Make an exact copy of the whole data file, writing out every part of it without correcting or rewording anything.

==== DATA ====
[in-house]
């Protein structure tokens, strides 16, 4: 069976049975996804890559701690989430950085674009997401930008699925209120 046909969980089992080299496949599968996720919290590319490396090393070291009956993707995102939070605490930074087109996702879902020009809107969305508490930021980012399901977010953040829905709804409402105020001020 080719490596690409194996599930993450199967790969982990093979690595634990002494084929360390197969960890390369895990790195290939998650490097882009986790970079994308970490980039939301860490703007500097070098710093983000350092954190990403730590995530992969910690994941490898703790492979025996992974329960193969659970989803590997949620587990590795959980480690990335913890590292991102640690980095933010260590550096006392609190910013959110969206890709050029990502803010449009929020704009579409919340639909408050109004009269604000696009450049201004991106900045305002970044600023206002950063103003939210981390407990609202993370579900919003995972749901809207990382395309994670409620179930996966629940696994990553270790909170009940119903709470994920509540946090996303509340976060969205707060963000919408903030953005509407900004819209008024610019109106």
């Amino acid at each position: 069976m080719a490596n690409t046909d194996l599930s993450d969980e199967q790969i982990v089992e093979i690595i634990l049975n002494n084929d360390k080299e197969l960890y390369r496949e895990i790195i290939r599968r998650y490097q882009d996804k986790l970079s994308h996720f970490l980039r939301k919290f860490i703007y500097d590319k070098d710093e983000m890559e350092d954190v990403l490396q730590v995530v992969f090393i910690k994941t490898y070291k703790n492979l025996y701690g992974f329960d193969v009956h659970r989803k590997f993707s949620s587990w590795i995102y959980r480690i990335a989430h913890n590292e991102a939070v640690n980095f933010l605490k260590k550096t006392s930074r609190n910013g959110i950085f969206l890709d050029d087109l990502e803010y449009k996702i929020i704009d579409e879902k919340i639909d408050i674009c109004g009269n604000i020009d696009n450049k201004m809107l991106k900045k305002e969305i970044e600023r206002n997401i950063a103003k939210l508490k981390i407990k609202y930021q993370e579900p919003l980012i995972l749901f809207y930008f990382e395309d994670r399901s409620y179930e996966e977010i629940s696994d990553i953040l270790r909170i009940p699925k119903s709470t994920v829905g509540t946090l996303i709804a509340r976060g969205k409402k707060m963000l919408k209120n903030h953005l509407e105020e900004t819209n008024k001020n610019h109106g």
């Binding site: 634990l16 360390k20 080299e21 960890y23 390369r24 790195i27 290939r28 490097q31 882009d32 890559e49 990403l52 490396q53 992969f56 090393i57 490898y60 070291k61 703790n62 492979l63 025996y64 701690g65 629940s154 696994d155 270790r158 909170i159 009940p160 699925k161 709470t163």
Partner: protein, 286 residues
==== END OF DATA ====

[in-house]
């Protein structure tokens, strides 16, 4: 069976049975996804890559701690989430950085674009997401930008699925209120 046909969980089992080299496949599968996720919290590319490396090393070291009956993707995102939070605490930074087109996702879902020009809107969305508490930021980012399901977010953040829905709804409402105020001020 080719490596690409194996599930993450199967790969982990093979690595634990002494084929360390197969960890390369895990790195290939998650490097882009986790970079994308970490980039939301860490703007500097070098710093983000350092954190990403730590995530992969910690994941490898703790492979025996992974329960193969659970989803590997949620587990590795959980480690990335913890590292991102640690980095933010260590550096006392609190910013959110969206890709050029990502803010449009929020704009579409919340639909408050109004009269604000696009450049201004991106900045305002970044600023206002950063103003939210981390407990609202993370579900919003995972749901809207990382395309994670409620179930996966629940696994990553270790909170009940119903709470994920509540946090996303509340976060969205707060963000919408903030953005509407900004819209008024610019109106």
């Amino acid at each position: 069976m080719a490596n690409t046909d194996l599930s993450d969980e199967q790969i982990v089992e093979i690595i634990l049975n002494n084929d360390k080299e197969l960890y390369r496949e895990i790195i290939r599968r998650y490097q882009d996804k986790l970079s994308h996720f970490l980039r939301k919290f860490i703007y500097d590319k070098d710093e983000m890559e350092d954190v990403l490396q730590v995530v992969f090393i910690k994941t490898y070291k703790n492979l025996y701690g992974f329960d193969v009956h659970r989803k590997f993707s949620s587990w590795i995102y959980r480690i990335a989430h913890n590292e991102a939070v640690n980095f933010l605490k260590k550096t006392s930074r609190n910013g959110i950085f969206l890709d050029d087109l990502e803010y449009k996702i929020i704009d579409e879902k919340i639909d408050i674009c109004g009269n604000i020009d696009n450049k201004m809107l991106k900045k305002e969305i970044e600023r206002n997401i950063a103003k939210l508490k981390i407990k609202y930021q993370e579900p919003l980012i995972l749901f809207y930008f990382e395309d994670r399901s409620y179930e996966e977010i629940s696994d990553i953040l270790r909170i009940p699925k119903s709470t994920v829905g509540t946090l996303i709804a509340r976060g969205k409402k707060m963000l919408k209120n903030h953005l509407e105020e900004t819209n008024k001020n610019h109106g």
């Binding site: 634990l16 360390k20 080299e21 960890y23 390369r24 790195i27 290939r28 490097q31 882009d32 890559e49 990403l52 490396q53 992969f56 090393i57 490898y60 070291k61 703790n62 492979l63 025996y64 701690g65 629940s154 696994d155 270790r158 909170i159 009940p160 699925k161 709470t163």
Partner: protein, 286 residues